Barry Simner's script tells, by and large, the same story as the screenplay. The disturbing predictions of Cesare (a moving John Ramm), a fairground fortune-teller, coincide with a spate of savage murders in the Bavarian village to whose fair he and his wicked controller, Caligari (a chilling Matthew Kelly) have travelled. When a friend is killed and a girlfriend abducted, the medical student hero Max pursues the hypnotist and finds him in control of an asylum.
At this point, reversing the author's original intentions, the movie insisted on a de-politicising twist, showing that Caligari was "actually" a benign doctor and the protagonist his clinically disturbed patient. Ending with the nightmare vision of a still villainous Caligari slamming the now demented, protesting Max into his cabinet, this stage version makes amends. The allegorical and prophetic dimension of the story - where the manipulated somnambulist Cesare stands for the German people sent off to fulfil by proxy the twisted desires of a mesmeric madman - are communicated, however, more powerfully in the programme than on the stage.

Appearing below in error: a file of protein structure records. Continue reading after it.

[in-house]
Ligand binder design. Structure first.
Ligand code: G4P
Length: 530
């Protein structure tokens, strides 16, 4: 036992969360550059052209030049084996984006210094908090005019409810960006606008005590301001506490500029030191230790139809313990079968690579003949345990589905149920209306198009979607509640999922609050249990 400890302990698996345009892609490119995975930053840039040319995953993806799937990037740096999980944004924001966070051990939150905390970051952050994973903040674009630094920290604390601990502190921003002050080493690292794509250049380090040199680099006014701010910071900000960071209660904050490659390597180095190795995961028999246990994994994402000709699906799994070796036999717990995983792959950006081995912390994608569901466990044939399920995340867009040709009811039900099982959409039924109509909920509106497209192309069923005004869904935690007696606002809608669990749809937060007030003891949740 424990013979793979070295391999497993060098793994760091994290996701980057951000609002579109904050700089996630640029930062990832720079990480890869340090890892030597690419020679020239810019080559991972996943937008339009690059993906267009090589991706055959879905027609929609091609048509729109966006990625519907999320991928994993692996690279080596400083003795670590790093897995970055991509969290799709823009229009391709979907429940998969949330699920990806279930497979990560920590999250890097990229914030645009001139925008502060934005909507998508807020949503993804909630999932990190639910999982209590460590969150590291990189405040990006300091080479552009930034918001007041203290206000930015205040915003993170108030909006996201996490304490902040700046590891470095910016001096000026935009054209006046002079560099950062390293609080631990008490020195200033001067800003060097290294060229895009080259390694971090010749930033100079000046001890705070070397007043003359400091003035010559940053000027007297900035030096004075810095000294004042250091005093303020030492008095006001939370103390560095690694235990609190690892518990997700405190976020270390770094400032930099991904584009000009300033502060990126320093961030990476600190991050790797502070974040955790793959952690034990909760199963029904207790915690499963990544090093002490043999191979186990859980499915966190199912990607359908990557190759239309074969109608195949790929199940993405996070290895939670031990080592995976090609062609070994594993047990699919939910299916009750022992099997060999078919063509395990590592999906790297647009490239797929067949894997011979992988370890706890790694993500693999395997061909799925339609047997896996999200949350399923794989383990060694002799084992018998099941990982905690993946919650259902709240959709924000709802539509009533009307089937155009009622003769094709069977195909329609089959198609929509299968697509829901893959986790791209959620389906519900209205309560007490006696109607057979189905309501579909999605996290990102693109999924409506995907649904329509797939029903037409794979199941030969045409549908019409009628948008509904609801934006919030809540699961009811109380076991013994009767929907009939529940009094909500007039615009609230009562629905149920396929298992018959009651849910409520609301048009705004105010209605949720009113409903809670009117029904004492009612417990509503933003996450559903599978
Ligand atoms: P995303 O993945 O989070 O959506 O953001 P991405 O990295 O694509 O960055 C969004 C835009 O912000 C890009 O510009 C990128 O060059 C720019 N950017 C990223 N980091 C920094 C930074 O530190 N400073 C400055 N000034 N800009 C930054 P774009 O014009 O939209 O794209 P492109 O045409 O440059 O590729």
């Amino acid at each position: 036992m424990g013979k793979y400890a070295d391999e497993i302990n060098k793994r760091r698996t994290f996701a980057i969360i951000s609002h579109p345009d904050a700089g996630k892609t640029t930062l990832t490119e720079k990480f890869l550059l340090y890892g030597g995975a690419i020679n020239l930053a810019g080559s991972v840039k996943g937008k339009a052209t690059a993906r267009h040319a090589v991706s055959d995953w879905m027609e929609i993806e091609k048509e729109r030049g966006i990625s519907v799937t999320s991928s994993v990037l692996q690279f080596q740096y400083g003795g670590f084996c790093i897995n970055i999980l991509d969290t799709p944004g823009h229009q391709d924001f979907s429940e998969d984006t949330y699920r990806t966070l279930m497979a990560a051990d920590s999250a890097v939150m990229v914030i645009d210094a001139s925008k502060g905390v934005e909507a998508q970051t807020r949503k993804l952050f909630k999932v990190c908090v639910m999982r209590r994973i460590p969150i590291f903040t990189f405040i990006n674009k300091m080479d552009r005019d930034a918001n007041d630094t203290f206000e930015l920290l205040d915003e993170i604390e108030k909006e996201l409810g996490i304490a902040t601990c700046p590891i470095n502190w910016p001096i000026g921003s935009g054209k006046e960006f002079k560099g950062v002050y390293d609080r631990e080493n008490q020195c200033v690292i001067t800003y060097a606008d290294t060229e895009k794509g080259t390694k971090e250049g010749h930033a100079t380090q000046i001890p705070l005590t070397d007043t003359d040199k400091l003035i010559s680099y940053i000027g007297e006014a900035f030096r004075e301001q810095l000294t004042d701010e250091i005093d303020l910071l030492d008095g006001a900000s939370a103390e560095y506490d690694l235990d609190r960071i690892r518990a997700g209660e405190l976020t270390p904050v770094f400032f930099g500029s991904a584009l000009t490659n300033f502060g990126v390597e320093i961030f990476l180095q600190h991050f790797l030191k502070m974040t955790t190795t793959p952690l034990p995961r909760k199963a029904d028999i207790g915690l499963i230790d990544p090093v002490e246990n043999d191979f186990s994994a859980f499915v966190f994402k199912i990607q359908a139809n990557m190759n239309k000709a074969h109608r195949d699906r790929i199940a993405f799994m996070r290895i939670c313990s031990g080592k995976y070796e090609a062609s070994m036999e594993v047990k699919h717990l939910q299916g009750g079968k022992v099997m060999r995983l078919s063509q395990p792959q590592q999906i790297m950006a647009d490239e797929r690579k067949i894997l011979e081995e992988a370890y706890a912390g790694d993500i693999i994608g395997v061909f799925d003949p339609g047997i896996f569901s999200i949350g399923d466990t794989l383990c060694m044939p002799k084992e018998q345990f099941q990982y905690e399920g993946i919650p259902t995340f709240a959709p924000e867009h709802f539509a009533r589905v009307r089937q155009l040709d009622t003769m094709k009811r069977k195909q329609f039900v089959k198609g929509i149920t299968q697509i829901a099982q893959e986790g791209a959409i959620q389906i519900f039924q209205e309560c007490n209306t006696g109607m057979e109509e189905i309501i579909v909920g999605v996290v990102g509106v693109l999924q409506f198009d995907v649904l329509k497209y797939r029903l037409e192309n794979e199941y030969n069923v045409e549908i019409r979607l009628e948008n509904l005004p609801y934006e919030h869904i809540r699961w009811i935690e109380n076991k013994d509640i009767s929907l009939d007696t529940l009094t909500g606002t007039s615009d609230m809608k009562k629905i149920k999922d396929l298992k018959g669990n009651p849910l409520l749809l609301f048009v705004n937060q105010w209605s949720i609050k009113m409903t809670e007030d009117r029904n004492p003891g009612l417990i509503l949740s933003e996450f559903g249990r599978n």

Surmounted by a sky whose clouds resemble an invasion of flying saucers, Ken Lee's colourfully claustrophobic design does not, for the most part, attempt to compete with the warped, highly subjective feel of the movie - though the vertical perspective it offers on the bedroom of one of the victims gives the killing the creepy look of a knife act as performed by a psychotic with a dyslexic sense of direction.
The star of the show is the "chromasone", an extraordinary device invented by Walter Fabeck. A long, bony chrome keyboard that rotates and tilts on an axis, it translates gestures into sound, provided you have remembered to wear your "data gloves". From the penetrative hiss when a needle is plunged into Cesare's cheek, to a glassy, frisson-like skidding, all the noises seem to be massaged from thin air.
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